To assess biological conditions, we reviewed macroinvertebrate, fish and temperature data obtained within the watershed. Biological conditions of the Beaver River indicated that the Beaver River is a well-functioning stream habitat.
Minimum stream flow requirements using ABF and WP methods were investigated. Stream flows were found to be below the ABF value between six to 21% of the time and below the WP flow between 37 to 72% of the time.
Physical and biological sampling done in the watershed indicate the river is a well-functioning, river, comparable to pristine sites; however minimum flow criteria set by the wetted perimeter method suggest that the river is flowing below critical flow values over 50% of the time. Our results suggest that minimum flow values obtained from the wetted perimeter method for southern New England rivers should be approached with caution and should be compared to results obtained from other methods to determine the accuracy and applicability of the critical flows prior to using these values for any type of instream flow regulations.
We also assessed the effect of increased impervious cover for both conventional and LID-based urbanization on low flow metrics and flow depths in riffle habitats in a small, relatively undeveloped watershed located in southern Rhode Island. We employed a hydrologic model to simulate stream flow, base flow and storm flows under different land cover scenarios and then compared these results to the effects of direct stream withdrawals from agricultural irrigation.
We found baseflow to be negatively correlated to impervious area. On pervious surfaces, direct runoff is likely to be infrequent during the summer months, when most of the precipitation that falls is utilized for the soil moisture deficit. In contrast, connected impervious area (IA) will generate immediate runoff to streams from rainstorms that would have otherwise infiltrated the soil. During periods of excess precipitation, the falling limbs of those hydrographs generated prolonged periods of comparatively elevated flows.
Combining baseflow and storm flow shows that increased values of IA can generate higher flow values during the summer months during periods with excess precipitation. As IA increases through the different land use scenarios, storm related runoff increases immediately following precipitation events, causing higher stream flows. The small decreases in base flow input to the stream due to increased IA are negated by the impacts of the higher storm flows, causing summer stream flows to be higher under the developed land use scenarios than existing conditions. Changes to the channel depth of the riffles were also relatively minor.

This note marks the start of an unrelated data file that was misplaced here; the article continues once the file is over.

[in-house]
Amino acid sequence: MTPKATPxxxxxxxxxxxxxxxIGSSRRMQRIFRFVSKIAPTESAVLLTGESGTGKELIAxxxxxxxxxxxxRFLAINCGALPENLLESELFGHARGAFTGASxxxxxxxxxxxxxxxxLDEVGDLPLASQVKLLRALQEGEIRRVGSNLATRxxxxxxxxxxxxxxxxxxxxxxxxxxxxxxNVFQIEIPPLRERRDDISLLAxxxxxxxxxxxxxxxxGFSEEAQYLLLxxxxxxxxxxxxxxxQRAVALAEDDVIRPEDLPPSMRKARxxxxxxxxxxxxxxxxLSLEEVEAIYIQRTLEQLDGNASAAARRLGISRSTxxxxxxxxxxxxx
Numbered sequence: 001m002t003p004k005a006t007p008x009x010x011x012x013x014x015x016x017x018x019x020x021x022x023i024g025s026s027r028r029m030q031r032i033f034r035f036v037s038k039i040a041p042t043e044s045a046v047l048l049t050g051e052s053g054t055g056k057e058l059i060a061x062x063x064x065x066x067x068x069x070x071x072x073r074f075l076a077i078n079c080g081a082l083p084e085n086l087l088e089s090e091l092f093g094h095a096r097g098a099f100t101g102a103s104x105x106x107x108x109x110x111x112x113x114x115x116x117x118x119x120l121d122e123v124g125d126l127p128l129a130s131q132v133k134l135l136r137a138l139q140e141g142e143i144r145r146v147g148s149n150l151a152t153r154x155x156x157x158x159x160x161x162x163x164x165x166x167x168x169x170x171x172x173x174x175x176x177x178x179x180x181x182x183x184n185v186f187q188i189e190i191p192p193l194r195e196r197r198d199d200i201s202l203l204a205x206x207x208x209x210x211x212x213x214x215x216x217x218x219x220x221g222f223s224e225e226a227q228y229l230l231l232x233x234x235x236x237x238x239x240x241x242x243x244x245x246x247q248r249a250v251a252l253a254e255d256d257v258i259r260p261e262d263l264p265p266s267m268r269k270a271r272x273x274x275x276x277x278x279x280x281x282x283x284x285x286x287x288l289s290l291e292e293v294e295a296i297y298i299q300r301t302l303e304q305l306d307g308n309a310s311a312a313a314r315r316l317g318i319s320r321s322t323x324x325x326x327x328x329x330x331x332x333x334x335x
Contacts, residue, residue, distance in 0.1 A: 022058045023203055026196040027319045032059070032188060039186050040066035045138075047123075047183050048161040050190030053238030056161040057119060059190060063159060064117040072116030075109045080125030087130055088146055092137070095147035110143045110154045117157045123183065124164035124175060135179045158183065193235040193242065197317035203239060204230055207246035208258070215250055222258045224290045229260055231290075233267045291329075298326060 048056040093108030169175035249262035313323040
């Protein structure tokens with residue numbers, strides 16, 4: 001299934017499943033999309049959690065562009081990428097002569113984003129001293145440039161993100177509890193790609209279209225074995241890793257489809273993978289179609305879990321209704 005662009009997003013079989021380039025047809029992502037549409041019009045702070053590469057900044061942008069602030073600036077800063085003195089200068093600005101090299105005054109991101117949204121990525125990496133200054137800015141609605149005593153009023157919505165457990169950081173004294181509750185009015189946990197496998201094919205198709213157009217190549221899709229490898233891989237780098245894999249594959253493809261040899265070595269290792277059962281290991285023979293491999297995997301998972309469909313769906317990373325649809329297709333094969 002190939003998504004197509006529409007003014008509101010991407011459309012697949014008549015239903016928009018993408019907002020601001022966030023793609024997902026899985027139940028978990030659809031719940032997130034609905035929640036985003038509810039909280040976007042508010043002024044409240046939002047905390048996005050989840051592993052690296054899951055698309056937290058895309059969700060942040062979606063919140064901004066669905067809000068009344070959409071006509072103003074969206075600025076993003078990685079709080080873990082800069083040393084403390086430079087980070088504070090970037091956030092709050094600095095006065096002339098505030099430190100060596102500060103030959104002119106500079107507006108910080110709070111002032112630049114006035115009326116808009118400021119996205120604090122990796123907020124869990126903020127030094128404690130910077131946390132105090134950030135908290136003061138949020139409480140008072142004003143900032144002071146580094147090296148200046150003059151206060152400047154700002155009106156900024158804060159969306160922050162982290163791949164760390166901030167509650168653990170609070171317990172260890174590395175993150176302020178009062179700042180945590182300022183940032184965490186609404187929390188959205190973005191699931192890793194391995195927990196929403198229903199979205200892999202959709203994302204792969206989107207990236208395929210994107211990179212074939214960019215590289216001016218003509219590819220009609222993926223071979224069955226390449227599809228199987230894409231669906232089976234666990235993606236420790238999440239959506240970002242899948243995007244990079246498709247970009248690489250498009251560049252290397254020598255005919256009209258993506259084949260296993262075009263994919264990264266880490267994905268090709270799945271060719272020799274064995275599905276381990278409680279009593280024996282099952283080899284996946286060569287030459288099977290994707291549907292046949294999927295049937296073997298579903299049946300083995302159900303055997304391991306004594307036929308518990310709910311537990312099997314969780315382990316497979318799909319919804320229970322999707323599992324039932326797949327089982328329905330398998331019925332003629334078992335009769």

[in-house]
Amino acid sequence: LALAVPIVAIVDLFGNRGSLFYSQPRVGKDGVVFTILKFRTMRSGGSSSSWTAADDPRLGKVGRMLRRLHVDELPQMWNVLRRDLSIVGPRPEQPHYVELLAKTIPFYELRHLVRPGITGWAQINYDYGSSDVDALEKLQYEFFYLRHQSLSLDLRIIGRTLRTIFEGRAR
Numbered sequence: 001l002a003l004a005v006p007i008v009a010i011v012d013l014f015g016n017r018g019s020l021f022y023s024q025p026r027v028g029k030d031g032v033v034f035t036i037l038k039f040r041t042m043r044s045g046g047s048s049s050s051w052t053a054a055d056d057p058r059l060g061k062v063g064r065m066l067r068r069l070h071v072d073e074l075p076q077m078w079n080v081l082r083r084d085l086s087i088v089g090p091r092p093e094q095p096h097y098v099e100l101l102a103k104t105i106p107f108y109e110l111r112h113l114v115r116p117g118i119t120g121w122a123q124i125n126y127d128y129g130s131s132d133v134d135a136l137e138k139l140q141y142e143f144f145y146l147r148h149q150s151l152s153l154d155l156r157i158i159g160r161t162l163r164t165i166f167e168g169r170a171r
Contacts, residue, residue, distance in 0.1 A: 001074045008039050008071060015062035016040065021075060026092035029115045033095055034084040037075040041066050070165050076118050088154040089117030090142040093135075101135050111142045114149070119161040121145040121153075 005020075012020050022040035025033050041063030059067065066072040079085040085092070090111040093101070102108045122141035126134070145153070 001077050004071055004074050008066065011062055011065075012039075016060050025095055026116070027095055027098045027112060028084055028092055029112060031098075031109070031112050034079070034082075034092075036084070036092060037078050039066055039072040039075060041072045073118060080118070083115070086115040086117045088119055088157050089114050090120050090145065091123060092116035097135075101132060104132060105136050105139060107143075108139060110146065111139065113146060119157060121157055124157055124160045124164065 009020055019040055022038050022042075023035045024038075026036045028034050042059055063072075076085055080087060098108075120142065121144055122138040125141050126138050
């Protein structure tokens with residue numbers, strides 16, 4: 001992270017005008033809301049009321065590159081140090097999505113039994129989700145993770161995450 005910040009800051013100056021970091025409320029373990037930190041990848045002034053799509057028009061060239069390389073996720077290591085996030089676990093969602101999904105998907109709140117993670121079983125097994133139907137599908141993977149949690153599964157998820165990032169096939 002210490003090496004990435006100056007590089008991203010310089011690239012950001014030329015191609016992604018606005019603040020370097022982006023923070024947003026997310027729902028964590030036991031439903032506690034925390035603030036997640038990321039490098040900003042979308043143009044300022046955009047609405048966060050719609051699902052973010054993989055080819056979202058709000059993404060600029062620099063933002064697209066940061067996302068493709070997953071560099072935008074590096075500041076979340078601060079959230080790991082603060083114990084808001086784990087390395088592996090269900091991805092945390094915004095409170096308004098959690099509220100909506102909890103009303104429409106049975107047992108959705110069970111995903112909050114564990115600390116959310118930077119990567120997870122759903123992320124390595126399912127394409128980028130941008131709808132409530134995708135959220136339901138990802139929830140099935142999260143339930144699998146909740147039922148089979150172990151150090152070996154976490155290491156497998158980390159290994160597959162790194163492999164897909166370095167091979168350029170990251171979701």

During a year with median precipitation, the model predicted a lower frequency of low flows with both conventional development and with LID compared to the predictions for the limited development present in current conditions. Both conventional development and LID also display fewer low flow periods during a dry year, but the pattern reverses, with LID predicted to have slightly lower frequencies of low flows than the conventional development. Over the summer, storm runoff and the associated falling limb of the runoff hydrograph that results from connected impervious cover occurs with enough frequency to influence the low flow thresholds we use for metrics. During the dry year, rainfall occurrences were very infrequent and the higher baseflow associated with LID accounts for the slight increase in flows compared to the conventional development. Irrigation scenarios decreased both flows and depths. Changes in land use generally increase river flows while water withdrawals decrease river flows. The occurrence of low flows within the Beaver River was found to be relatively resilient to the extent of development and water withdrawals simulated by this study.
These analyses will help inform future water management decisions in watersheds with the diversity of land uses that occur in southern New England.
Morrison, Alisa, "Sustaining Environmental Flows in Southern New England Rivers: Effects of Watreshed Factors and Land Use" (2013). Open Access Dissertations. Paper 61.